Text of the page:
With the change of seasons everything slows down a little bit in Ibiza. During the summer months we’re lucky to have time to skim the Diario so it is a luxury to be able to sit down and enjoy a good book. To inspire your library, we’ll be sharing a few posts about classics in different genres. Here are five classic travel books to whet your wanderlust.
Travels With Charley by John Steinbeck
Steinbeck is most famous for his novels, like Of Mice and Men and The Grapes of Wrath, but this non-fiction travelogue is charming. It is an account of a long road trip around the United States with his poodle, Charley, for company. The author’s gifts of observation and description make every scene come to life. It can’t help but make you yearn to pack the car, lock up the house and follow in his footsteps.
Nine Lives: In Search of the Sacred in Modern India by William Dalrymple
Dalrymple leads the reader on an insightful journey through India by telling the stories of nine unique characters. They include three brothers who are Buddhist monks, a Jain nun, a tantric expert, and an idol maker. By exploring the religious beliefs and practices of these individuals the author creates a complex and colourful tapestry of one of the world’s great nations.
My Life in France by Julia Child
Another writer who discovered that the best way to understand a place is to know its people was Julia Child, who is renowned for her book Mastering the Art of French Cooking. This lively autobiography recounts how a middle-aged American woman with no interest in cooking fell in love, married, moved to France with her diplomat husband, and, with great zest and affection, learned the intricacies of classical French cuisine. It is a story rich in the delights of food, life, and romance.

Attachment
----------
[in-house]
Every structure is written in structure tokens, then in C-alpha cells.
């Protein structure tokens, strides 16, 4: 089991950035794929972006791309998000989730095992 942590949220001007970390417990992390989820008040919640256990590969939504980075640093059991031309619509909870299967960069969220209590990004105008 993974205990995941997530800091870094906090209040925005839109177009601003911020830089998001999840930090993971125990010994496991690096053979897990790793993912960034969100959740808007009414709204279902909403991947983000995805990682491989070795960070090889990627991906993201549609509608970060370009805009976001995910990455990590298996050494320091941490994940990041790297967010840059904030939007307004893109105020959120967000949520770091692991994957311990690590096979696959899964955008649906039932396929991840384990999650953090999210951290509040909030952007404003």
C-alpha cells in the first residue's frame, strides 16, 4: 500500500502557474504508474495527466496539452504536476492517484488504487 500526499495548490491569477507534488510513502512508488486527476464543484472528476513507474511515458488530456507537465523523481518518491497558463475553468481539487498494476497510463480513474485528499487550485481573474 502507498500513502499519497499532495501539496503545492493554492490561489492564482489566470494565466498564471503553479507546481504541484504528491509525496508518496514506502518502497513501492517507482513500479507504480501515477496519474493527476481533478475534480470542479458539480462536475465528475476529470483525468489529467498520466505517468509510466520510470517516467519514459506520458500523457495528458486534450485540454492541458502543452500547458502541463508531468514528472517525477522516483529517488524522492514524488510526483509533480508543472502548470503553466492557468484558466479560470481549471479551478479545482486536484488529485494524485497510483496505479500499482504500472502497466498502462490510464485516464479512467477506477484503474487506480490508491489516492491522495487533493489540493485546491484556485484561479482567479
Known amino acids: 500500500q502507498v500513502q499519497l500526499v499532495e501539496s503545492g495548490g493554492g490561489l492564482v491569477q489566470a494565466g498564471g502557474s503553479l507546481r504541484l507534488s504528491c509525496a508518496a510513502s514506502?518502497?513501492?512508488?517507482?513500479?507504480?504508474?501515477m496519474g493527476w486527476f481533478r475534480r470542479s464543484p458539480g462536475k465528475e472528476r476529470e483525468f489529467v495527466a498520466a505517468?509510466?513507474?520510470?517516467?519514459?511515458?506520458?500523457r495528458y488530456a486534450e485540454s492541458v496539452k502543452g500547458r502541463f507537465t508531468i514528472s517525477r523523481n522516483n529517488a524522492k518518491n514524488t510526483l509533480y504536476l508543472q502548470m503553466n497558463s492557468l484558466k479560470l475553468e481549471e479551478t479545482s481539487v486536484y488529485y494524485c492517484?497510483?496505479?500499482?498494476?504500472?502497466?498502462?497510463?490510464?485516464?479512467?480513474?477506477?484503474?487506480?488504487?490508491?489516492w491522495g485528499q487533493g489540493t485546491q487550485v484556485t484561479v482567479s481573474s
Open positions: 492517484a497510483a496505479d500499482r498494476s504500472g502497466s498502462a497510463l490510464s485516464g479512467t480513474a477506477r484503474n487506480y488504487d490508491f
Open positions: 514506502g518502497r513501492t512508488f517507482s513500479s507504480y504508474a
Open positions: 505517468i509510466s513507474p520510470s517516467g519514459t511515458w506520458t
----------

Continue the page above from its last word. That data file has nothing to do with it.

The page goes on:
The Lonely Sea and the Sky by Sir Francis Chichester
Anyone who loves adventure will be rapt by the globe-trotting autobiography of Sir Chichester. Born in Britain in 1901, he emigrated to New Zealand as a youth and patched together a living as a shepherd, boxer and lumberjack, among other things. Then he discovered flying and became one of the great air explorers. Among his many achievements, Chichester was only the second person to ever fly solo from the UK to Australia. After conquering the sky, he turned to the sea and became a legend as a round-the-world sailor.
Travels with Myself and Another by Martha Gellhorn
Gellhorn is best known as a war reporter. Her courage and passion for detail shine in her travel writing. This book recounts several “horror journey” because, as she says, bad trips are more interesting than a week on the beach. Her travel nightmares include getting dengue fever on a river excursion in Africa, a frozen week in the Soviet Union, and near-death experiences in 1930s China. Through it all, she never loses her sense of humour, or the curiosity only travel can satisfy.
What’s your favourite travel book? Share in the comments!